Up and Running

Research comes in cycles. Grant winding down? You’re gonna be hitting the bench pretty hard and pretty consistently to get any results you might to impress your funding source with. Logistic milestone coming up (qualifying exams, thesis defense)? Pull up that coffee pot and park yourself for a few weeks.

I just got back from giving a talk for an award symposium at this season’s ACS in Philly. It was a really good sessions full of some big names in the polymer field. I knew that well beforehand, so I had been chalking up some serious lab time to get as much exciting things to show off as I could (and, let’s be honest, to also hit some of the targets I promised in the abstract I submitted months ago). Punch line: I didn’t win the award, but still gave a good talk and had some nice chats. 

Getting back from the conference this week, I’m definitely in a pull-up-a-coffee-pot wave. The pre-conference lab crunch meant that I had been neglecting some of my other projects as well as some of the more mundane maintenance-type work that always needs doing. Plus there’s the all the crazy idea brainstorming and reference hunting involved with the post-conference science digestion. It’s the sort of stuff that is very amenable to the office-side of the research cycle.

I’ve been spending a bit of time reassessing where I parked my other projects before the conference push, accompanied by all the related stuff that goes with restarting them. It’s bit like parking the car with the lights on and realizing you’ve got to track down the jumper cables to get it going again: ordering fresh reagents, redistilling solvents, re-purifying the glove box. Not the glamorous research that gets you into Science, for sure, but rather all the odds and ends that need shuffling behind the curtains.

Since I do a decent amount of air-free processing, the first step back from a week away is to make sure the inert atmosphere glove-box is, well, actually inert (by which I mean no oxygen – that stuff is surprisingly reactive). I’m always amazed at how oxygen finds its way into a seemingly leak-free box sealed with double steel doors, but there ya go.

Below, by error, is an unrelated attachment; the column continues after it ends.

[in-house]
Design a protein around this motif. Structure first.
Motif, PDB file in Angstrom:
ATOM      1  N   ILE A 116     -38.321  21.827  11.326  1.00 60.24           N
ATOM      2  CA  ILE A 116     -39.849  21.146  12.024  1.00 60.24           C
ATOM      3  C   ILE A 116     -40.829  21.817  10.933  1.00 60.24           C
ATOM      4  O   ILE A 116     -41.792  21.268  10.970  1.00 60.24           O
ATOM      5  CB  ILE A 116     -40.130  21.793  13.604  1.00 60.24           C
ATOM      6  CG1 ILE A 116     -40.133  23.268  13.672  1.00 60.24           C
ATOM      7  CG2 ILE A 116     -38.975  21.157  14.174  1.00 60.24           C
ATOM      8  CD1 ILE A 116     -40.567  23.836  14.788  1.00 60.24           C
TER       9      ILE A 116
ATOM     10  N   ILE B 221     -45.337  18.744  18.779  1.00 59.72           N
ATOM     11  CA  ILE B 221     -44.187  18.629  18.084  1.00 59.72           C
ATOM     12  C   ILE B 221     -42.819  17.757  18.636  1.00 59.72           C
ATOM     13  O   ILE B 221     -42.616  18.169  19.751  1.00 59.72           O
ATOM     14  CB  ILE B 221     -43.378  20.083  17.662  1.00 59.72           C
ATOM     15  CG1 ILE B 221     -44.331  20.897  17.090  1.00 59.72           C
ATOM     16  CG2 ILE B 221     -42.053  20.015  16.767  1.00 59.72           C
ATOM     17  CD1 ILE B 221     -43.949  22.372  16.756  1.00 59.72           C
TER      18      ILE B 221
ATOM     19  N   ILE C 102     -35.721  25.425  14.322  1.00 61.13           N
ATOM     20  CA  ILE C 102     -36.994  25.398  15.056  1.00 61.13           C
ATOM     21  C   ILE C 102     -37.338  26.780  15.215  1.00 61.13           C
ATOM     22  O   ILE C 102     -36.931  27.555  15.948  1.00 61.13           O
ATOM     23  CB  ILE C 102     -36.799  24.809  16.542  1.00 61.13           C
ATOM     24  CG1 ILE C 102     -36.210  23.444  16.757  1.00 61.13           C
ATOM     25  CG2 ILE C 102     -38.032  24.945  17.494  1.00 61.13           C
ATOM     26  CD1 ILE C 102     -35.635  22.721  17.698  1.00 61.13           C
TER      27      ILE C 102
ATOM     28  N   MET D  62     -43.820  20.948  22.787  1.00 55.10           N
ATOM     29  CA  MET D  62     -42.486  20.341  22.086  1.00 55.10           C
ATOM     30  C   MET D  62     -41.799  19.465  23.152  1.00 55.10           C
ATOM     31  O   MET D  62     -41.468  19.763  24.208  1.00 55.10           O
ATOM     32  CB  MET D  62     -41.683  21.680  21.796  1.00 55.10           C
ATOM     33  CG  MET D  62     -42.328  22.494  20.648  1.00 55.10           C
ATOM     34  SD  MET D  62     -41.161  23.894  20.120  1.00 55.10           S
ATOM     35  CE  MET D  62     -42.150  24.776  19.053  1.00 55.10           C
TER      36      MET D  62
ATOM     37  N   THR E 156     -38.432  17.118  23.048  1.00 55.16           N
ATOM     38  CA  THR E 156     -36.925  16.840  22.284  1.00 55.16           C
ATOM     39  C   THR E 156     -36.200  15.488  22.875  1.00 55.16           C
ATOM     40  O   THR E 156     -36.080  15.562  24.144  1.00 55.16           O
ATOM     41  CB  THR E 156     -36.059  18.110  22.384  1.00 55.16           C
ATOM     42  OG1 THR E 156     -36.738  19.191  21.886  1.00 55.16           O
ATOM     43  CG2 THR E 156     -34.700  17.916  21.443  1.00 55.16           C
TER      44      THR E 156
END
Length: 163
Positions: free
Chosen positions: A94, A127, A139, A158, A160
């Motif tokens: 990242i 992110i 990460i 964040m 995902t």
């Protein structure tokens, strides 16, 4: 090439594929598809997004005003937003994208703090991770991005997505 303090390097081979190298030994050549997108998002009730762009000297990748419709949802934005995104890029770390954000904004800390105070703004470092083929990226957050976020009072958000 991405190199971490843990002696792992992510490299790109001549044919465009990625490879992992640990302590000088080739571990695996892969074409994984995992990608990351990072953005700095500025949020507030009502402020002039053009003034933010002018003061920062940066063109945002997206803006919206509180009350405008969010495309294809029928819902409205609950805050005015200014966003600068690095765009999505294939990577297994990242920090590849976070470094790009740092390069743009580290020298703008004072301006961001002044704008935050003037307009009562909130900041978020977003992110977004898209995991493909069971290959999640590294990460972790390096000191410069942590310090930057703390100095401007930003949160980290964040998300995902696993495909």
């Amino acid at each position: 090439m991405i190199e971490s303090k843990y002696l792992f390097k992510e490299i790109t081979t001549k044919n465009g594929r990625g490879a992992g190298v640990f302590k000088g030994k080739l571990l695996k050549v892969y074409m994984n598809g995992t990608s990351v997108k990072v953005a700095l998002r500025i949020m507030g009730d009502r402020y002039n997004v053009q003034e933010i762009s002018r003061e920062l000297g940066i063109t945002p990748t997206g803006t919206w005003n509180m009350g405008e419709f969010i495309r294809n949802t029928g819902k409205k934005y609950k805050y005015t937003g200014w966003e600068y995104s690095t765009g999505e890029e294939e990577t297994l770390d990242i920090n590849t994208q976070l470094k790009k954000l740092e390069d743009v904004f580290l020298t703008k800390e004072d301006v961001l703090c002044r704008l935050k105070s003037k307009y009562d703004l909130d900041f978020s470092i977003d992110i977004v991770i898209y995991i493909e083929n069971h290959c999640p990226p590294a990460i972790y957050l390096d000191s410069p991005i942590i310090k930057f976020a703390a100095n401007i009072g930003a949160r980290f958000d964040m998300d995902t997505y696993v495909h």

Hooking up the purge gas to sweep out the oxygen and regenerate the catalyst that captures oxygen.

12 hours later: success! Less than 1 part per million oxygen. For those keeping track at home, that’s about 1,000 times LESS oxygen than you would find on the surface of Mars!

Inert atmosphere regeneration always means replacing the oil in the pumps, so I’ve been at that too. Change the oil on one pump? Might as well do all of ’em while I’m at it. I consider myself pretty adept at pump repair and oil changes. Back a few years ago, our group was running really lean when we were between grants. That meant no service calls or replacements on busted pumps or other equipment. Got a mechanical problem? Read the manual, roll up your sleeves, pull out the wrench, and start breaking stuff. Little known secret: you’ve got to break stuff before you learn to fix it. In the meantime, I learned my way around a pump. It’s been a long running joke among a few of us that if our PhDs ever fall through, we could make a pretty penny starting a mechanic shop. “Master Mechanics”? “The Pump Doctors”? The name is a work in progress.

So after dirtying up my hands pretty good the past few days, here’s hoping to hit the next cycle of lab-bench productivity soon.

I’m afraid I can’t do that, Dave.

I was placed on diplomatic duty today. We were having a repairman come to fix one of our big pieces of equipment, and the advisor designated me as the coordinator and contact guy for the repair. It was pretty exciting, actually. We’ve had this machine for longer than my advisor’s been here, and it’s since fallen out of service. No one currently in the group knows how to run it, so this was to be my first “training” with it since I’ll be the one in charge of it now. The best part, though, was that it was like the repairman was meeting a long lost friend. Anyone doing research will tell you how each and every machine has its own personality. Some go out of their way to thwart you, some have surprising features tucked in every nook and cranny, and some just need a good kick.

The machine we had was a combined glovebox and evaporator, which more or less heats up a metal until some of gets in the air. Then you stick a future piece of electronics in there and the metal in the air condenses on the chunk and tada! You’ve got a new electrical contact! Part of the setup needs a complicated set of vacuum tubes and valves, which are notoriously individualistic. No two vacuum systems are built the same; usually you build them custom. The stage was set for a full-blown nostalgie session

So the guy, who turned out to be the one who was hired to build it in the first place 15 years ago, came in and was enthralled. He remembered every nut and bolt, how he fit this piece into that piece, how the original test results came out. He was dismayed at how dirty we let it get, but hopeful that he could shine it up. It was a bit touching, really, and he was clearly excited to be coming back next week to finish it.